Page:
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LaTeX-proposal: A set of LaTeX classes for preparing proposals

Writing grant proposals is a collaborative effort that requires the integration of contributions from many individuals. The use of an ASCII-based format like LATEX allows to coordinate the process via a source code control system like Git or Subversion, allowing the proposal writing team to concentrate on the contents rather than the mechanics of wrangling with text fragments and revisions. In fact the proposal package has evolved out of a series of collaborative proposal writing efforts, where large teams (up to 30 individuals from up to 20 sites) have written a 100-page proposal in three weeks (with over 2000 commits). Such collaborative writing sprints are impossible without a revision control system and a “semantic” document class that generates tables, charts, and deliverable lists from content markup and thus takes care of many of the routine tasks of keeping information consistent.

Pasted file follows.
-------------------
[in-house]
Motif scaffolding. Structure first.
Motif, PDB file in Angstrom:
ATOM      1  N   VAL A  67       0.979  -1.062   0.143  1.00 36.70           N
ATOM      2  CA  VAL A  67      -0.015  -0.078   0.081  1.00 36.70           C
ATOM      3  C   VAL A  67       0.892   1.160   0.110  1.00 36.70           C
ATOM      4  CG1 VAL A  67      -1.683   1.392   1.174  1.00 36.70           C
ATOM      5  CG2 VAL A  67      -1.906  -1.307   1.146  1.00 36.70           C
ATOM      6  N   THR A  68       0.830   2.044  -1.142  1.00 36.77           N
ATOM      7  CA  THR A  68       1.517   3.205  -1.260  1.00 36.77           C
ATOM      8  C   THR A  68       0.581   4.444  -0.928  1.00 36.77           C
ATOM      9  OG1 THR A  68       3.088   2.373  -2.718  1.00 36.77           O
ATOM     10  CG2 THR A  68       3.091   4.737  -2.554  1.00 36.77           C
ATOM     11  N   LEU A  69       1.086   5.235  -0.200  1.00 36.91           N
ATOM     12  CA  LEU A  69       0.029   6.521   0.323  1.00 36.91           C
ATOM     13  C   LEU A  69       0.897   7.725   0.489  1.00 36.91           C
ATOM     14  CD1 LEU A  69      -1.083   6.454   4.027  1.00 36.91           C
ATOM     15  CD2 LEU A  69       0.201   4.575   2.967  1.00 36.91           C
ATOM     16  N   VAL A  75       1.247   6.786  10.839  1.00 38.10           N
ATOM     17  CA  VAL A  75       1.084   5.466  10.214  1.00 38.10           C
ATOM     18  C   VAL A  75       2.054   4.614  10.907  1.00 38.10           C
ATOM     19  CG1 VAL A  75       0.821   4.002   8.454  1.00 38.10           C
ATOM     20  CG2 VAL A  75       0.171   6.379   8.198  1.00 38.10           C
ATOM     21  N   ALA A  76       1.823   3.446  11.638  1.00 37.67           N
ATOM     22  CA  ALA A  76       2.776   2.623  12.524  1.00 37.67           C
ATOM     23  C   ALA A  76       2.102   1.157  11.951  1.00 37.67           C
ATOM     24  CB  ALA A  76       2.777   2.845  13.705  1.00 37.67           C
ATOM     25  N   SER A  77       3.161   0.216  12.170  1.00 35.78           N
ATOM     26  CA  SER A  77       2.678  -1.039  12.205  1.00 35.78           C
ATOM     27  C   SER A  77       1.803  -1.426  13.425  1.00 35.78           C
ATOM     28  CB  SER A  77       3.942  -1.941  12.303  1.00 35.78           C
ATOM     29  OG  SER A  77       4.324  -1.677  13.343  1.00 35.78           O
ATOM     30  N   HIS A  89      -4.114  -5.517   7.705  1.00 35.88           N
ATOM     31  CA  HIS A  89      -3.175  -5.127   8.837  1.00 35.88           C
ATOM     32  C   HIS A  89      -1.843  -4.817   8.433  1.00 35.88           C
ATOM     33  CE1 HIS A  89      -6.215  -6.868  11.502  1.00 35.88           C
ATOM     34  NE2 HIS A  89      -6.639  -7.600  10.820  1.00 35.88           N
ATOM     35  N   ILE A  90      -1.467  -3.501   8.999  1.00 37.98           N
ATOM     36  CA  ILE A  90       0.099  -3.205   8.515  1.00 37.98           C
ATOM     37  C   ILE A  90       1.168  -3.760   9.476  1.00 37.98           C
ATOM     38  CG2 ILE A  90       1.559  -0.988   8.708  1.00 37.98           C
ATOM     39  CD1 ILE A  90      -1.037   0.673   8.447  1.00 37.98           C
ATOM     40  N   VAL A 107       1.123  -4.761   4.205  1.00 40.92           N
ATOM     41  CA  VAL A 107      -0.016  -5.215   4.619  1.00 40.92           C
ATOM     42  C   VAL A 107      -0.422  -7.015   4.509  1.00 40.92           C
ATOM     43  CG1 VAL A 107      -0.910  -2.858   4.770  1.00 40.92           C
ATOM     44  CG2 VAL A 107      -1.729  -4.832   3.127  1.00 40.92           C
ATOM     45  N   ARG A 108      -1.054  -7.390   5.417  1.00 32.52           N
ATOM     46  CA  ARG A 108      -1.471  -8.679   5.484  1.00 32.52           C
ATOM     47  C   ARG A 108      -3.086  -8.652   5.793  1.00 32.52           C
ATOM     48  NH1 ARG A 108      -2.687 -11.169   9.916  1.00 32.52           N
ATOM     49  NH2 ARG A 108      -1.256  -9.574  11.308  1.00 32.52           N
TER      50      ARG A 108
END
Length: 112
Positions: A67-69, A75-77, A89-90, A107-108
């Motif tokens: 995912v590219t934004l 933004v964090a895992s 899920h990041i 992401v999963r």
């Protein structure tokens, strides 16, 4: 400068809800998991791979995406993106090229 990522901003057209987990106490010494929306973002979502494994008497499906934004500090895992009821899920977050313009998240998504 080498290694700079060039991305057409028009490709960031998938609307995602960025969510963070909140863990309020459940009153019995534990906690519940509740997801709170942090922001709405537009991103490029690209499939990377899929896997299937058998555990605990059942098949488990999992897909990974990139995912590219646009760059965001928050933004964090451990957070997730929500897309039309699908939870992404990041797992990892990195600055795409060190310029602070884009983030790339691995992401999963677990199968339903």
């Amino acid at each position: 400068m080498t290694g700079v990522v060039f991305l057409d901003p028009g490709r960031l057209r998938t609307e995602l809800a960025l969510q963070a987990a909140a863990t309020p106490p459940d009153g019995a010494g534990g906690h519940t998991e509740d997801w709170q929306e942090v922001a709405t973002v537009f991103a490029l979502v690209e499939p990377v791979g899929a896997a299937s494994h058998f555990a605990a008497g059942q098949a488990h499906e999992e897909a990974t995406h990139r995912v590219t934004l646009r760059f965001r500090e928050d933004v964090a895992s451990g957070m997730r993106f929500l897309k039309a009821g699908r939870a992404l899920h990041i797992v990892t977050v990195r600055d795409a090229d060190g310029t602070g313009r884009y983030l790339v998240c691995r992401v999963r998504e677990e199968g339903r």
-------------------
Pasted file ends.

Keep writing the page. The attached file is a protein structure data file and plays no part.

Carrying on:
Using the LaTeX Proposal Class

In the simplest case, just clone the repository, and extend your TEXINPUTS environment variable so that it can find it. On a UNIX system something like the following should work.

cd /path/to/project
git clone
echo 'export TEXINPUTS = "$(TEXINPUTS):/path/to/project/LaTeX-proposal//:"' >> ~/.bashrc

Of course you will have to replace /path/to/project with a path appropriate to your system. A simple git pull will update you to the newest version.

Getting Started with a New Proposal

The simplest way to start a new proposal is to copy one of the examples at LaTeX-proposal/examples/*/* to your system and start editing. You should probably adapt the three variables in the upper section of the Makefile accordingly, if you want to use (UNIX) Makefile automation (recommended). If you want to use the LaTeX proposal class in a revision control system for a larger group, read (far) below.

Here is what you would do on a UNIX system after the initial steps above to prepare a DFG proposal (for an EU proposal the same setup works as well, but with suitably adapted paths).

cp examples/dfg/proposal .
sed -i .bak s/PROP.dir = ..\/..\/..\//Prop.dir = ./ proposal/Makefile
sed -i .bak s/BIB = ..\/lib/BIB = ./ proposal/Makefile